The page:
슈퍼주니어 팬들을 환영합니다! 여러분들의 성원에 감사드립니다! 이것은 많은 아프리카 소년소녀들의 삶에 커다란 변화를 주게 될 것입니다!

We are delighted that the Super Junior Global Fan Club ELF has chosen to celebrate the band’s tenth anniversary by making a gift in the band’s honor to support education in Africa. Thanks to ELF, we will be able to build a new school in the village of Tiogola, Mali this year. This incredible gift will make a big difference in the lives of so many Malian children. Thank you!

For some great coverage and reaction from the band, see this great article on the website Soompi: Super Junior’s Fans Celebrate Their 10th Anniversary Through a Gift Beyond Imagination.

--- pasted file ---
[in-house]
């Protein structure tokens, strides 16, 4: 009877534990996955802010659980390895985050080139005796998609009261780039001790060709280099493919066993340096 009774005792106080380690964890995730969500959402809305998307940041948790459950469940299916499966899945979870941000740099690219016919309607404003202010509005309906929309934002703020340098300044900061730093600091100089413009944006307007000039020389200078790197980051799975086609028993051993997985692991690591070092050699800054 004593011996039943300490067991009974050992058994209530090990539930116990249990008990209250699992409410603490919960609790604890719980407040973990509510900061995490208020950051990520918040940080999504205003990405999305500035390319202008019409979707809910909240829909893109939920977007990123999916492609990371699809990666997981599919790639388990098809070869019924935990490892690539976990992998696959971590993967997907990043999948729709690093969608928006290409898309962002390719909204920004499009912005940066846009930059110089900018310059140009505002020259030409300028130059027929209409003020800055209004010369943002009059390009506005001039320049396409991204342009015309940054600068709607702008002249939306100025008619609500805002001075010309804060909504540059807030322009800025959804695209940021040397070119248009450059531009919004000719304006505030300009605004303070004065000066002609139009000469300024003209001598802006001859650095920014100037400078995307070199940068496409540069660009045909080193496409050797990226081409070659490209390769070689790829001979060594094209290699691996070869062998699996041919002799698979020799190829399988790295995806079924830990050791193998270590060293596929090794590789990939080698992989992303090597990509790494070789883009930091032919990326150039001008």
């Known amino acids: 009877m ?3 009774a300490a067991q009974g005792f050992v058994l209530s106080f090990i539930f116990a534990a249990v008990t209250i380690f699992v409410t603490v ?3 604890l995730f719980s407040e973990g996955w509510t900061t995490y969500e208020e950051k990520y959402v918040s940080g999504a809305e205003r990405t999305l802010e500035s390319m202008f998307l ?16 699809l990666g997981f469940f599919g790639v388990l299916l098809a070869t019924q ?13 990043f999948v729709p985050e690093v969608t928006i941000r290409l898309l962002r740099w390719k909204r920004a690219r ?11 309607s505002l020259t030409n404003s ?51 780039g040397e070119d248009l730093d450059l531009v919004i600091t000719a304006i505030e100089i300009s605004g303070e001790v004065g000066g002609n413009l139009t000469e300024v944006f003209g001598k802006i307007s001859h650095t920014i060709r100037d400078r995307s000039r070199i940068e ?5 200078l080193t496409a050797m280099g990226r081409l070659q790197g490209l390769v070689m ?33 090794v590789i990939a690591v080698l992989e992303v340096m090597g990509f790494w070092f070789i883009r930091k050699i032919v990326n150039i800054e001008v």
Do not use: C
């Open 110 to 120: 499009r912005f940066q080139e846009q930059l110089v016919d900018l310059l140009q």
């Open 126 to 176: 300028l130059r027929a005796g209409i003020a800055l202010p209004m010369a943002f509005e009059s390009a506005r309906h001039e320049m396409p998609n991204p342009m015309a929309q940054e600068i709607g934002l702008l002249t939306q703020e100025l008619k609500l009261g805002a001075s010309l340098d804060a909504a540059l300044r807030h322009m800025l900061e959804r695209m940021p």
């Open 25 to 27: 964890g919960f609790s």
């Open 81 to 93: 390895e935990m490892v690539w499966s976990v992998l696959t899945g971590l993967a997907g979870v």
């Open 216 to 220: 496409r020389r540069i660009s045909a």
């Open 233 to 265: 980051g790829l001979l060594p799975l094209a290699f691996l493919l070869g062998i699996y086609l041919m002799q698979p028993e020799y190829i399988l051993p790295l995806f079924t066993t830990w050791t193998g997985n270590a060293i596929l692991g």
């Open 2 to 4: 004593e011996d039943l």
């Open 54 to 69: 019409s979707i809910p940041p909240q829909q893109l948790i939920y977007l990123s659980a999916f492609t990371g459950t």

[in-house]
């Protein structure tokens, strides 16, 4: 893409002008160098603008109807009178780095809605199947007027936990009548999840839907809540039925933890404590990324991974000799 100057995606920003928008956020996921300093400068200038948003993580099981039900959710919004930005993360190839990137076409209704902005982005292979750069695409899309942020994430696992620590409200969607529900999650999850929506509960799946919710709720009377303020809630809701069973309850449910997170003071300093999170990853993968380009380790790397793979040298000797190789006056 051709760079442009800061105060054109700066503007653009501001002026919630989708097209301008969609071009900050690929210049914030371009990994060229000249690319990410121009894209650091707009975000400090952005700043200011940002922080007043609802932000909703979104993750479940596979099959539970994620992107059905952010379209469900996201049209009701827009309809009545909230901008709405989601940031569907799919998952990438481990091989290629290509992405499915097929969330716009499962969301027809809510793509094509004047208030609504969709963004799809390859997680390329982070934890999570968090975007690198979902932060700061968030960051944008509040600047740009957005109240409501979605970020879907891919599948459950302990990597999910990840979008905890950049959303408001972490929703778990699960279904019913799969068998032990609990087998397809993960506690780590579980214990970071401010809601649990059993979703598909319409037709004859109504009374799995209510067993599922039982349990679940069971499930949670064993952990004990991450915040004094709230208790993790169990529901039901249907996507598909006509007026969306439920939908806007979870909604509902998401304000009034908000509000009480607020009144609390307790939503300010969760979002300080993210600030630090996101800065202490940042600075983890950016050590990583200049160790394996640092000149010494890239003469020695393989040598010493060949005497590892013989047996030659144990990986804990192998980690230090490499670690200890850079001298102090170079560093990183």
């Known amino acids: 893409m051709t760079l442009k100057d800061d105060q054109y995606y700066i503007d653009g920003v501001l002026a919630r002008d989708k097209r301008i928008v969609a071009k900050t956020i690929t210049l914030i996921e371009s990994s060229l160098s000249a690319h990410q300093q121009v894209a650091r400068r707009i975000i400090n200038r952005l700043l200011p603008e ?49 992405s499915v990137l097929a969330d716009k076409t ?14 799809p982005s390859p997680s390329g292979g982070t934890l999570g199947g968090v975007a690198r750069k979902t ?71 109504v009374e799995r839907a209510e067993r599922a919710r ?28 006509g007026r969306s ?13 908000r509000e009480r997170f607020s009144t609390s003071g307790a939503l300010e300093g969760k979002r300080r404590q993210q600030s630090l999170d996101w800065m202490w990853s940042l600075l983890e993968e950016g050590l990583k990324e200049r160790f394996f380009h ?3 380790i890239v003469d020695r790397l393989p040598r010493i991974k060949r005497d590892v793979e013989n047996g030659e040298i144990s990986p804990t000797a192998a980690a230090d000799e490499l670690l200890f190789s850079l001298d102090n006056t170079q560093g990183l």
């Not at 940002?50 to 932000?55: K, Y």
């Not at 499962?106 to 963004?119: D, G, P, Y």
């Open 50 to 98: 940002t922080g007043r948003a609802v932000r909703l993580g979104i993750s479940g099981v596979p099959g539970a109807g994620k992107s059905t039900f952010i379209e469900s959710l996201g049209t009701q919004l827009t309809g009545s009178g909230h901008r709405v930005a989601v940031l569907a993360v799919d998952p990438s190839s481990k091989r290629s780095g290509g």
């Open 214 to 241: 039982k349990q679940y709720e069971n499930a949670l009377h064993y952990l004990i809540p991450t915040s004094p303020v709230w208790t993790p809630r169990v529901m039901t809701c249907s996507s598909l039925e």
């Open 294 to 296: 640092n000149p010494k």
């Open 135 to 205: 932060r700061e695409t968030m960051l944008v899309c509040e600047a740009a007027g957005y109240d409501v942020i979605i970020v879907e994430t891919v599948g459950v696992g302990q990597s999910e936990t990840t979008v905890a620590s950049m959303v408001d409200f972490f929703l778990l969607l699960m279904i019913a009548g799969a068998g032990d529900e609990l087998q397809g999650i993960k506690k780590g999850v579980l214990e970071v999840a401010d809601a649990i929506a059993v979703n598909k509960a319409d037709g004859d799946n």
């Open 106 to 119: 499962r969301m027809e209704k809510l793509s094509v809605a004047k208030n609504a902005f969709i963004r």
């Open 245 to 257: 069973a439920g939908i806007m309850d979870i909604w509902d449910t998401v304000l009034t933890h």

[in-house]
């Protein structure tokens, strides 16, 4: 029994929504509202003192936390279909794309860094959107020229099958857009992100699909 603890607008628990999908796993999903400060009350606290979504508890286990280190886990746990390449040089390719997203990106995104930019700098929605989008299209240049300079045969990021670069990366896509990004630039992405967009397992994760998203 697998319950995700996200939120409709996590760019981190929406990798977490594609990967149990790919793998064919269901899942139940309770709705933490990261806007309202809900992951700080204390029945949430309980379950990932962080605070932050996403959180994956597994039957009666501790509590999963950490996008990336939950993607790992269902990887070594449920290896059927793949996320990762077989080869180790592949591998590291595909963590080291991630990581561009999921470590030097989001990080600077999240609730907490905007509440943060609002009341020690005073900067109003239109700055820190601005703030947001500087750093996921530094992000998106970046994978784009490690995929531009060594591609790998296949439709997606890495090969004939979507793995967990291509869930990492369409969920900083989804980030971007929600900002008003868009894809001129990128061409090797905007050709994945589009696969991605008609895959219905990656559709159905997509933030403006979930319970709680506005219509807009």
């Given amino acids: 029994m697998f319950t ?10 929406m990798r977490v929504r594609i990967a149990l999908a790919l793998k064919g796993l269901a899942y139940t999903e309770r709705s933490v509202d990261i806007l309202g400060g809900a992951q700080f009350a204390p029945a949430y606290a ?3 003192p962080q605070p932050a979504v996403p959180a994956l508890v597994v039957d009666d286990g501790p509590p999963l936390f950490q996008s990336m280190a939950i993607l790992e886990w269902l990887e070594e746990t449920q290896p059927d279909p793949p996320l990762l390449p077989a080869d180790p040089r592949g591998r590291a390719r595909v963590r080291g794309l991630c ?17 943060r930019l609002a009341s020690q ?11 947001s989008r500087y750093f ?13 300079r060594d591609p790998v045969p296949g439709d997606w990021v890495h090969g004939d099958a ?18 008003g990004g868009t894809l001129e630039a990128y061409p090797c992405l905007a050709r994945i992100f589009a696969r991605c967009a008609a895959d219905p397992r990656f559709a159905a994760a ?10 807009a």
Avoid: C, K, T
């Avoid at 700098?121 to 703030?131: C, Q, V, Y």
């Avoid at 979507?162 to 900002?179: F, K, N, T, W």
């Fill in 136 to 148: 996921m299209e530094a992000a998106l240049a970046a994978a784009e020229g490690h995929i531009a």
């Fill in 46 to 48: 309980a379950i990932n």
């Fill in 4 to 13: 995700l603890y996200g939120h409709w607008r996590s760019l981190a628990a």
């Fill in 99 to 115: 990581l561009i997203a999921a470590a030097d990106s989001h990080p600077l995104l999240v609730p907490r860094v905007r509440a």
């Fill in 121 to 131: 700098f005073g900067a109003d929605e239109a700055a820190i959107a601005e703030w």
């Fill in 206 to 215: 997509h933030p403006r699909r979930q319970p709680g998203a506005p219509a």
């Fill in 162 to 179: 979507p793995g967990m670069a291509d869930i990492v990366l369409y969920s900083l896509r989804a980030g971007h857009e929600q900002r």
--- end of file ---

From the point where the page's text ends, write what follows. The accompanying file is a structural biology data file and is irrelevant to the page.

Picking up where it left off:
And for those of you new to K-Pop, here’s a video:


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Toy Sale on April 18 in Westford, MA

Brownie Troop 86145 is helping us to stock the new school in Kartioni, Mali with school supplies by holding a charity fundraiser this month. Please come out to support the brownies and Build a School in Africa!

Toy Sale
April 18, 2015, 8:30 am to 12:30 pm
Rita E. Miller Elementary School
1 Mitchell Way
Westford, MA 01886

In addition to great bargains for a great cause, we will be raffling off loads of prizes including an iPod shuffle!

See the Facebook page for updates and more information on how to donate gently-used toys. A big thank you to LAER Realty Partners and Kidz Enterprise Toys for their support. Please contact Sarah Nolan at 978-692-9229 or with questions.